Anastasia Zamkinos's Reviews > Limbo: Blue-Collar Roots, White-Collar Dreams

Limbo by Alfred Lubrano
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Dec 14, 11

bookshelves: nonfiction, social-justice

I started reading Limbo when a professor who identifies as like the Straddlers explored in Limbo recommended it to help people in a position of privilege at the college begin to understand or at least empathize with a generally misunderstood, alienated, and under-served population. The way she put it, people in the Ivory Tower often avoid the "C" word, class, and Lubrano provides an approachable window into the struggles he explores that are often shared by people raised in blue-collar families who go to college and take on white-collar careers and identities.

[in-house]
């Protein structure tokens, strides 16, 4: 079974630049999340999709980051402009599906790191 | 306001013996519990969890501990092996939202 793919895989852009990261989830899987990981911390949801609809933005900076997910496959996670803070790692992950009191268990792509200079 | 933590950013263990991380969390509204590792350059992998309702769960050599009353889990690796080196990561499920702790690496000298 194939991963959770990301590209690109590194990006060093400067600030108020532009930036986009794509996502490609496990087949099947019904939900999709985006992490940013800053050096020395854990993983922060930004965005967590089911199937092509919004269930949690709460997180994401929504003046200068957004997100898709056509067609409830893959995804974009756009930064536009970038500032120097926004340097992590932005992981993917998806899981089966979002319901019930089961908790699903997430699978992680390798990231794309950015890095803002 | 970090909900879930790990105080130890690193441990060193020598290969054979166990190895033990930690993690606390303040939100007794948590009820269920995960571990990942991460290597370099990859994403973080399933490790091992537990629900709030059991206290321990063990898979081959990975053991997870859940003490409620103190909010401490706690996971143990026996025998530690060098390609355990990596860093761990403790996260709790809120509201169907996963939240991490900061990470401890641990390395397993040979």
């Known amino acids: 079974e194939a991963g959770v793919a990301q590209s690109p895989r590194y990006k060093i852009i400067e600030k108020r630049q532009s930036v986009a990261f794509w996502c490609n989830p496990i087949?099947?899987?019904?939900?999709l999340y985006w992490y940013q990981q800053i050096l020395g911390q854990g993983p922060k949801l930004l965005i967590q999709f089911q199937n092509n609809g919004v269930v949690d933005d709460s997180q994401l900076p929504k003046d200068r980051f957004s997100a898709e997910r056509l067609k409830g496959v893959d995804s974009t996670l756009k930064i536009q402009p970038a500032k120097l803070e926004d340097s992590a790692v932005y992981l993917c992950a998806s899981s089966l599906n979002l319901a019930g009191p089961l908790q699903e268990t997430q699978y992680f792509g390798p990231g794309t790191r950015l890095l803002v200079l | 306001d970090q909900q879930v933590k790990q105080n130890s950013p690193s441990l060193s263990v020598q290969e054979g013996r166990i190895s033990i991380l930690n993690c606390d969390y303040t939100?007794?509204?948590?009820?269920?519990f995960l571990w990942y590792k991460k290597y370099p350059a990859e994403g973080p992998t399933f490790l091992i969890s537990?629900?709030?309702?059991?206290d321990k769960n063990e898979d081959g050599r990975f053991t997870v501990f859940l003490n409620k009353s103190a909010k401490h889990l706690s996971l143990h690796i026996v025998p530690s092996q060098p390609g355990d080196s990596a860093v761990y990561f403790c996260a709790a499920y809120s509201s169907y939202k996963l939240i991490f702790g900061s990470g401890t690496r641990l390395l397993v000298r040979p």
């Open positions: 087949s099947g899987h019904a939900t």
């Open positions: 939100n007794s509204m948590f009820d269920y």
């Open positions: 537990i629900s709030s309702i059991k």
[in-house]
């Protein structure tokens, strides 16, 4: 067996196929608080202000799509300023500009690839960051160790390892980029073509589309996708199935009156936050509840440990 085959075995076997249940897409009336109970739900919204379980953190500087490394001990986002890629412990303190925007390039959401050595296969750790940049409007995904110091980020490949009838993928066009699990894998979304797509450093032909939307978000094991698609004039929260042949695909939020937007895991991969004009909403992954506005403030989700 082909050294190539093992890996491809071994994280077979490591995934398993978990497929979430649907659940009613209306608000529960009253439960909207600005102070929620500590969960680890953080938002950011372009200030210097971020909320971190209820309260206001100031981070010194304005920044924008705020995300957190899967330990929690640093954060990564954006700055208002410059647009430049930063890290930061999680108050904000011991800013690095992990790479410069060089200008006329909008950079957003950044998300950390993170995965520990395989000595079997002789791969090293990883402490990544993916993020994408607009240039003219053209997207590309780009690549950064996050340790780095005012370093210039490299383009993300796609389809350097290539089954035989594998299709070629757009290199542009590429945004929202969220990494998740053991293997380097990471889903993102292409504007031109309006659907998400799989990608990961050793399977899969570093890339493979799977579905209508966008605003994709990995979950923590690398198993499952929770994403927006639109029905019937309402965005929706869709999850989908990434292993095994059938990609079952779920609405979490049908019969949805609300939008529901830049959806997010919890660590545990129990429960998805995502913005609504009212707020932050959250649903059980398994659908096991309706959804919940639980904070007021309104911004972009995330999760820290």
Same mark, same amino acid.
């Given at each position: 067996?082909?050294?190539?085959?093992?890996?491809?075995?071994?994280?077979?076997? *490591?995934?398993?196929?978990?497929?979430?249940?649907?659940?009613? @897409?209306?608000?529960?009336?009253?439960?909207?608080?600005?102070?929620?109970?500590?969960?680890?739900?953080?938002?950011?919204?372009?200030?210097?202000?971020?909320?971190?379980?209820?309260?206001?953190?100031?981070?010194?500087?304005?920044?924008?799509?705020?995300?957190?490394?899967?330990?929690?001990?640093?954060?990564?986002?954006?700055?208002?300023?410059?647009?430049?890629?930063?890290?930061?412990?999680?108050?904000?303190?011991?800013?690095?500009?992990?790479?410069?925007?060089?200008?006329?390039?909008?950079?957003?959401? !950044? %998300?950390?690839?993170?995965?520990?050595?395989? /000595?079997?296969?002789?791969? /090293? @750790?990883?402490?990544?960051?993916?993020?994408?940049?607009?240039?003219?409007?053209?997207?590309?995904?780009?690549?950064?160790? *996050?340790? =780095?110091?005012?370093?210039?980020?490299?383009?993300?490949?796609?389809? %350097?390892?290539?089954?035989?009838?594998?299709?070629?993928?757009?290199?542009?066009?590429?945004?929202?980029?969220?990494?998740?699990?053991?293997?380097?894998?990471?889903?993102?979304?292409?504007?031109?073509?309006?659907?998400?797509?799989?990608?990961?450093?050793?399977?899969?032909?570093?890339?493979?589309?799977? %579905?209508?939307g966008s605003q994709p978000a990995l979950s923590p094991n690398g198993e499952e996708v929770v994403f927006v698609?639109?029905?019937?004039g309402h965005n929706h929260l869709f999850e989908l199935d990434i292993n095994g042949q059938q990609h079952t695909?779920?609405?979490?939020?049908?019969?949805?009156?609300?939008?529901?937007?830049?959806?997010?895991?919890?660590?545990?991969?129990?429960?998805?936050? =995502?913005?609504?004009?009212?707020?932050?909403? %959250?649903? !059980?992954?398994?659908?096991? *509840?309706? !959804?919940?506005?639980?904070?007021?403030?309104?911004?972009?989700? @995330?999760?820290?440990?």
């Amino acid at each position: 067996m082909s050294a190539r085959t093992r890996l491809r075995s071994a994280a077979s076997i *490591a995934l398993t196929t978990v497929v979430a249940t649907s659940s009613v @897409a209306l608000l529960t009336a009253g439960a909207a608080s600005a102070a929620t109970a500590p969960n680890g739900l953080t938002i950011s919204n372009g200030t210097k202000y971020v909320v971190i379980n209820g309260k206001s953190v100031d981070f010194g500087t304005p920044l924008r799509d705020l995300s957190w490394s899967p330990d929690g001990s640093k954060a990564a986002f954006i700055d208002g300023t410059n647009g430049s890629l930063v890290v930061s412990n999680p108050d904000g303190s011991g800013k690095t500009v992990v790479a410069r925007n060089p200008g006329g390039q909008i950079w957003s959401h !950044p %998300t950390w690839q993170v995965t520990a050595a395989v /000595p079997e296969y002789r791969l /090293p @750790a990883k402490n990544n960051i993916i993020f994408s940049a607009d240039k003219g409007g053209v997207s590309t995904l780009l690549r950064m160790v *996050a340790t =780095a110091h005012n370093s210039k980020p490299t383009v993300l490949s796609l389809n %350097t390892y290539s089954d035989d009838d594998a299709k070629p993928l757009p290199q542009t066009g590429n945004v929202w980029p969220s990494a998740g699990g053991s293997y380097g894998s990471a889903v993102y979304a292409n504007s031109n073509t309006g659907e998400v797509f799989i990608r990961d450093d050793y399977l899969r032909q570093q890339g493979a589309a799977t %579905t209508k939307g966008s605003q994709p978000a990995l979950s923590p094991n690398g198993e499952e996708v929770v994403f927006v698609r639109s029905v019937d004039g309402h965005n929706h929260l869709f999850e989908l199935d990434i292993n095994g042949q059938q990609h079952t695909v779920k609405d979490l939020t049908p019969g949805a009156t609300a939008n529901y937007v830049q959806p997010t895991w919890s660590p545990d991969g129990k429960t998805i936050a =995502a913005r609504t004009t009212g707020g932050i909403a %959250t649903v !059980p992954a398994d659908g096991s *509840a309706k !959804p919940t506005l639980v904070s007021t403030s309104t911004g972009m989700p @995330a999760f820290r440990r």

It's an approachable, easy read on often-avoided subjects; the book explores the experience of "status dissonance" through the perspectives of multiple insiders to Straddlerhood (including Lubrano himself).

Coming away from Limbo I find myself better equipped to see and analyze class and educational inequalities as fundamental sources or informing elements of some conflicts or relationships. It's an easy pop-nonfiction read that sparked a lot of thought, conversation, and "aha!" moments, and it is definitely worth reading as a means of casual exposure to major cultural divides that can create a profoundly alienating experience.
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